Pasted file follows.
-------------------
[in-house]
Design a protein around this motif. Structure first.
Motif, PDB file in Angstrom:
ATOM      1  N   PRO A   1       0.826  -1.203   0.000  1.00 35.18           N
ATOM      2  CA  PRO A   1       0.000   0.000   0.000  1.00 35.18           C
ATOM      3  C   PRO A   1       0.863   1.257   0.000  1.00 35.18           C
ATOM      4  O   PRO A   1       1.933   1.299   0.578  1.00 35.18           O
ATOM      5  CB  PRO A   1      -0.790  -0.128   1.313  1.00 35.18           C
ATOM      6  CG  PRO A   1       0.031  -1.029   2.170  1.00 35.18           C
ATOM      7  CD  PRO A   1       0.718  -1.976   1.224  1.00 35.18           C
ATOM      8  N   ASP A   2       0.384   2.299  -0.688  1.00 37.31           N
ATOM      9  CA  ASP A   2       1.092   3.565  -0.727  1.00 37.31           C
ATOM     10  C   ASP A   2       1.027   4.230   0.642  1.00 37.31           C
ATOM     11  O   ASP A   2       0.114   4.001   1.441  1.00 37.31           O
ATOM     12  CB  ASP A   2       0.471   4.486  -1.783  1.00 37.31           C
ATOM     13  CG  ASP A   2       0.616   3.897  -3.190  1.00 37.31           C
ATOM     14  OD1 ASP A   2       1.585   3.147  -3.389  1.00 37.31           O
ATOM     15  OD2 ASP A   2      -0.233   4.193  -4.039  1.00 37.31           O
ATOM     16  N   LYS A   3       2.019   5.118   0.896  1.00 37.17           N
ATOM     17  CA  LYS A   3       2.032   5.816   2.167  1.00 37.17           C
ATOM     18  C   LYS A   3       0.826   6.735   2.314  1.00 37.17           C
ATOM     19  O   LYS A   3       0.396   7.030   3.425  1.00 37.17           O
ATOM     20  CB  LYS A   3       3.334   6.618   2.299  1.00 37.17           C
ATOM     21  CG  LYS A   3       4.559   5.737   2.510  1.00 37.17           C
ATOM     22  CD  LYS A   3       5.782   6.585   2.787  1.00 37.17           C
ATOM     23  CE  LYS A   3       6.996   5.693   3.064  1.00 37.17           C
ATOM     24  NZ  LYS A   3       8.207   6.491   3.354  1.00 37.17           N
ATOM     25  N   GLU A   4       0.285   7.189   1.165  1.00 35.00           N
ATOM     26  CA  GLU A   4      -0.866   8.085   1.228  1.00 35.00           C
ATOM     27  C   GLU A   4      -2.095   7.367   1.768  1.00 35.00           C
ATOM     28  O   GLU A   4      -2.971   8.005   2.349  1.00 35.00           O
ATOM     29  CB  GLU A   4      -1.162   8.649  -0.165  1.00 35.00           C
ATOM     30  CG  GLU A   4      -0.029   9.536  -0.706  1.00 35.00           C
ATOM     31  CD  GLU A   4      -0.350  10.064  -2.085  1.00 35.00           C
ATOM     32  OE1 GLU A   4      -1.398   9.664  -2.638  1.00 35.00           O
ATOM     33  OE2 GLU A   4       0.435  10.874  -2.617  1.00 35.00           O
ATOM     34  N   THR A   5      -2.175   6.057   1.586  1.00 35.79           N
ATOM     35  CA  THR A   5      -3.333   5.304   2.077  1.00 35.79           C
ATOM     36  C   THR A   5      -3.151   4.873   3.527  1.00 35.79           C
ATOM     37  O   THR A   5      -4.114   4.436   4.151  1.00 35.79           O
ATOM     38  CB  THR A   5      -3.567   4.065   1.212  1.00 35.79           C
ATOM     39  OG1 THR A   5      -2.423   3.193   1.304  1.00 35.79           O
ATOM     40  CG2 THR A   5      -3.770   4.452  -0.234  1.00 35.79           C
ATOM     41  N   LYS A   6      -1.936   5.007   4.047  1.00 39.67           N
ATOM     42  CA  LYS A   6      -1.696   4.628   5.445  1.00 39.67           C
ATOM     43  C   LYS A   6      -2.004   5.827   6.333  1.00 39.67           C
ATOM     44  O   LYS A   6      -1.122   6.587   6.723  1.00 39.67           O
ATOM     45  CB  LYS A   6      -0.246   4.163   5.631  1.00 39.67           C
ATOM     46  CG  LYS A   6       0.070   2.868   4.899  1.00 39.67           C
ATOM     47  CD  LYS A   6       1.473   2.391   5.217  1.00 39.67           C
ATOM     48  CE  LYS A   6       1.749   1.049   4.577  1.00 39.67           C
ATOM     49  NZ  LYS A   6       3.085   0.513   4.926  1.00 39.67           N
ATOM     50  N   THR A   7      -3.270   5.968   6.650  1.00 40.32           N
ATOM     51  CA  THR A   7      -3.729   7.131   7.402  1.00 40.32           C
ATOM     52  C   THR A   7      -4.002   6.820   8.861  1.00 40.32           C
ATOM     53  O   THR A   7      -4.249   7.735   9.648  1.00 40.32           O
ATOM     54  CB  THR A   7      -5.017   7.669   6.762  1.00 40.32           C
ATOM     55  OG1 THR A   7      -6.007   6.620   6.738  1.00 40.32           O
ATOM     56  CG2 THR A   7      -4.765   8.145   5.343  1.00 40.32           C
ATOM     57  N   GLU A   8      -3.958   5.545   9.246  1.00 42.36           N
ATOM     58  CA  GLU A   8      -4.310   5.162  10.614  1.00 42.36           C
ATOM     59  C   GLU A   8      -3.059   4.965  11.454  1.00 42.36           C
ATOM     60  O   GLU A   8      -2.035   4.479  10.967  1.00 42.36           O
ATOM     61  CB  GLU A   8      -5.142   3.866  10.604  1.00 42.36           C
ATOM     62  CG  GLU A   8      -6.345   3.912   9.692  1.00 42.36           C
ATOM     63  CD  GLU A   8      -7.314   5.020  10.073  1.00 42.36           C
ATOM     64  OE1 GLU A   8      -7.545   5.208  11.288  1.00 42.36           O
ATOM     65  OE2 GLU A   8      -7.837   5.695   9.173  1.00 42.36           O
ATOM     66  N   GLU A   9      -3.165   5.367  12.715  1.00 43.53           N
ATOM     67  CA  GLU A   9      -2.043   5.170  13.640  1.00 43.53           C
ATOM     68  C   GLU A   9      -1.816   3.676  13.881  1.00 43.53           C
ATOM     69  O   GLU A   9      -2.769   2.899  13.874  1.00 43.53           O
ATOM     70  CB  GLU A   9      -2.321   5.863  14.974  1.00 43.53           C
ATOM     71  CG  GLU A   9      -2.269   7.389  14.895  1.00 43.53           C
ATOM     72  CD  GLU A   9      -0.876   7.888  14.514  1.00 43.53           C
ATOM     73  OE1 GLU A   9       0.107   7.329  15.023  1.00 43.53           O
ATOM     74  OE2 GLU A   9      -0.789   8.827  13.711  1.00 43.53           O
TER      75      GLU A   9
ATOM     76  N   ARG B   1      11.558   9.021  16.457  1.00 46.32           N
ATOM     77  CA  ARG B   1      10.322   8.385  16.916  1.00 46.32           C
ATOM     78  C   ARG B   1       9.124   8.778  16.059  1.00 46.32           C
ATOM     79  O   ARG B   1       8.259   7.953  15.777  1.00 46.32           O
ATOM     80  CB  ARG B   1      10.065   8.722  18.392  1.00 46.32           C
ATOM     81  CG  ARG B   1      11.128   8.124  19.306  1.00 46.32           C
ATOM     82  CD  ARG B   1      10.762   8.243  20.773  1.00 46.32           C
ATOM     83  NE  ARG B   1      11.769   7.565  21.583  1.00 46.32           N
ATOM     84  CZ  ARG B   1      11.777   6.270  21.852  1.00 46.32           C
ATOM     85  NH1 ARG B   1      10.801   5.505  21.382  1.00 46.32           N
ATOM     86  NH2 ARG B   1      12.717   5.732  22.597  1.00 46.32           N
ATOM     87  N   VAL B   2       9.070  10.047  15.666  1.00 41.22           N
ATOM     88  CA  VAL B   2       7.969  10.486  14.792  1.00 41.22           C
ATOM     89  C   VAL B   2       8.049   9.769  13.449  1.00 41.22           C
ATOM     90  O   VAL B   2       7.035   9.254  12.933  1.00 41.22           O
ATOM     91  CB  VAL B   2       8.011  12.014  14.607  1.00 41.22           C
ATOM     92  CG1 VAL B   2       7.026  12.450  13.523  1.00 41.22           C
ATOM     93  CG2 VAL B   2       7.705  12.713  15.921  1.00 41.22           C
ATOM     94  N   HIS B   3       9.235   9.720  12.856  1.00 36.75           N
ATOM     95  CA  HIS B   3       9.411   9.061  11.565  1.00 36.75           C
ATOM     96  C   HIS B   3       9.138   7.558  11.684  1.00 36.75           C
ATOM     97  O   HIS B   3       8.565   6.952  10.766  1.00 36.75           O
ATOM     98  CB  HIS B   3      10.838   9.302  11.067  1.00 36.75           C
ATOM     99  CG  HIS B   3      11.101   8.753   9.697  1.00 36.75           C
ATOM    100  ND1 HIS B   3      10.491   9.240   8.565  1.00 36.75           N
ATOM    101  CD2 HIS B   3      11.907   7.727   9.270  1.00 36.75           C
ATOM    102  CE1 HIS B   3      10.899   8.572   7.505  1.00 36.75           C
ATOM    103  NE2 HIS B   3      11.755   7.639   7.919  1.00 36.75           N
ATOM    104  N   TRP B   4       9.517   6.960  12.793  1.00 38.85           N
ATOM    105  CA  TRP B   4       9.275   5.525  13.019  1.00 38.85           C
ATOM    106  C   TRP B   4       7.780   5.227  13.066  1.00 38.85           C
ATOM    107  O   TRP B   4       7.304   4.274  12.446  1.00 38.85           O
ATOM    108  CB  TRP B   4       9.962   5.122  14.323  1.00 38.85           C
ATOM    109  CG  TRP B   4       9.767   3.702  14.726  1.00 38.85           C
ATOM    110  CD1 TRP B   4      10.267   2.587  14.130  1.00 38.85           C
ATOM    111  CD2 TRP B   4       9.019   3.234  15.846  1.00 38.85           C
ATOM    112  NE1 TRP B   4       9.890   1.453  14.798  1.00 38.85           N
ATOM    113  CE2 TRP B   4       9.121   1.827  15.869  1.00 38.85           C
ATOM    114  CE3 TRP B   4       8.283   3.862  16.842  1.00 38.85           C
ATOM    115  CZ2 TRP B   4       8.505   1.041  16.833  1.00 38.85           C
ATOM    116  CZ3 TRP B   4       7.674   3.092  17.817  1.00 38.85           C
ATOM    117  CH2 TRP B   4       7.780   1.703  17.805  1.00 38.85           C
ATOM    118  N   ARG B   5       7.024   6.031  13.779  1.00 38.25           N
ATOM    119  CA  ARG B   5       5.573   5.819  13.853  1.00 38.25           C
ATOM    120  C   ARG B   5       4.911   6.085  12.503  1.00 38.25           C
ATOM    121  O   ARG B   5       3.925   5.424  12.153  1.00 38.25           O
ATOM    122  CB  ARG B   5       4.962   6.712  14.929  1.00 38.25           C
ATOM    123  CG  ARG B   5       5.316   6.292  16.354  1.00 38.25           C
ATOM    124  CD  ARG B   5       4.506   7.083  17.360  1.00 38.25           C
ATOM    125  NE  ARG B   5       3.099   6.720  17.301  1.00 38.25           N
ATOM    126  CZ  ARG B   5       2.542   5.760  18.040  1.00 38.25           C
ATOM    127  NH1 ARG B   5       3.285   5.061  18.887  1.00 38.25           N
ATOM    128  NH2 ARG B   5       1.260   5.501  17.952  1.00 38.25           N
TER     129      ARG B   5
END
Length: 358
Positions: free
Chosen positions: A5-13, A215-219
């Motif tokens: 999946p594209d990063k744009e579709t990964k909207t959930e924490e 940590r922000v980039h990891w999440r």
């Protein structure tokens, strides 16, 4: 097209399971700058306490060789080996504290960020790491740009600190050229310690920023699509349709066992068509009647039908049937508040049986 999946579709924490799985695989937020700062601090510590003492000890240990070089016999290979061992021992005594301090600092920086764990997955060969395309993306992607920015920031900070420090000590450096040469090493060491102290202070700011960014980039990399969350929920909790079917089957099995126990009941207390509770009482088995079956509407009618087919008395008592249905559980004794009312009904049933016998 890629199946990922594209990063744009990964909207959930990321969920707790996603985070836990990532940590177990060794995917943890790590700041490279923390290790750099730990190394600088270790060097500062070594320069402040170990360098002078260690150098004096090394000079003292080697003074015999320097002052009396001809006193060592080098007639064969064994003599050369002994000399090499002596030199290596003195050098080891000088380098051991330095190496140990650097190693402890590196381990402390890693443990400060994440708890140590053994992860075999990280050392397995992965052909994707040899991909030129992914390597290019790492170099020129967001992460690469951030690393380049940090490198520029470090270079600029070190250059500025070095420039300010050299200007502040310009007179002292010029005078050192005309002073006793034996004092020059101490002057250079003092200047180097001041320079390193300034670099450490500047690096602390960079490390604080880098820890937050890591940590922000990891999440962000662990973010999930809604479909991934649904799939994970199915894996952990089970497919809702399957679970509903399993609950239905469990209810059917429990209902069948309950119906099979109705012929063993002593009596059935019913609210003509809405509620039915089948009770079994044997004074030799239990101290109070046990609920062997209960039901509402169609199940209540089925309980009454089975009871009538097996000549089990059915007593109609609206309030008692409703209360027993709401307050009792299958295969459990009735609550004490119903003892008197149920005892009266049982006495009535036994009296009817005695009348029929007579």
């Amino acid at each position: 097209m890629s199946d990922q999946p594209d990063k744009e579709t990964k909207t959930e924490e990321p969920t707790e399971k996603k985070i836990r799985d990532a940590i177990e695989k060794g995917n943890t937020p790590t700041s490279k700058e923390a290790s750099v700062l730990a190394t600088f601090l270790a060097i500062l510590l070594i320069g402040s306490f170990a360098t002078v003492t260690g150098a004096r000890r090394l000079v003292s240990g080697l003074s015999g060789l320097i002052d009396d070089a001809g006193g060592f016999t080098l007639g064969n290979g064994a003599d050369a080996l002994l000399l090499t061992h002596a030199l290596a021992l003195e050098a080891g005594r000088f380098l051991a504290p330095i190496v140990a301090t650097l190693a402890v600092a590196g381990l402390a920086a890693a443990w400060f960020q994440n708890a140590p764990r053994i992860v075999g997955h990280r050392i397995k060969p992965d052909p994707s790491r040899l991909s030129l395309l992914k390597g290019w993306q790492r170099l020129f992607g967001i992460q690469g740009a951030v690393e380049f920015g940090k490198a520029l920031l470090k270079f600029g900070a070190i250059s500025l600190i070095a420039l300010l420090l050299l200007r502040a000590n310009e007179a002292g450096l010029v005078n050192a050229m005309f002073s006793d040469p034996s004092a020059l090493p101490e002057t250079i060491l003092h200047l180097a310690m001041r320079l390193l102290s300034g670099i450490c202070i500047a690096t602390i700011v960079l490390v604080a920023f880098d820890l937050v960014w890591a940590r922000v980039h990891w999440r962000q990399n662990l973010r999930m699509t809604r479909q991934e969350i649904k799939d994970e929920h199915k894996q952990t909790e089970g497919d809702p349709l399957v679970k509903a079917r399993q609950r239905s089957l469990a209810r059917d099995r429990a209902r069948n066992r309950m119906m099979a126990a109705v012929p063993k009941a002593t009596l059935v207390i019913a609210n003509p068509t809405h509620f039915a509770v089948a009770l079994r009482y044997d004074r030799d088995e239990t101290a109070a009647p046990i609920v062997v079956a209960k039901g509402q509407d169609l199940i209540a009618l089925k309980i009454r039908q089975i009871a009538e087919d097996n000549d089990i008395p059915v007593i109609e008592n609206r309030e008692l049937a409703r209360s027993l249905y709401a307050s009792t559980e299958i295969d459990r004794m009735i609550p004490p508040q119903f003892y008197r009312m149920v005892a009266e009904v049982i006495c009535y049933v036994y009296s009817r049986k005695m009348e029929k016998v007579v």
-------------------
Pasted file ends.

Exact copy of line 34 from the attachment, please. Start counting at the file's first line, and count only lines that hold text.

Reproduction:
ATOM     31  CD  GLU A   4      -0.350  10.064  -2.085  1.00 35.00           C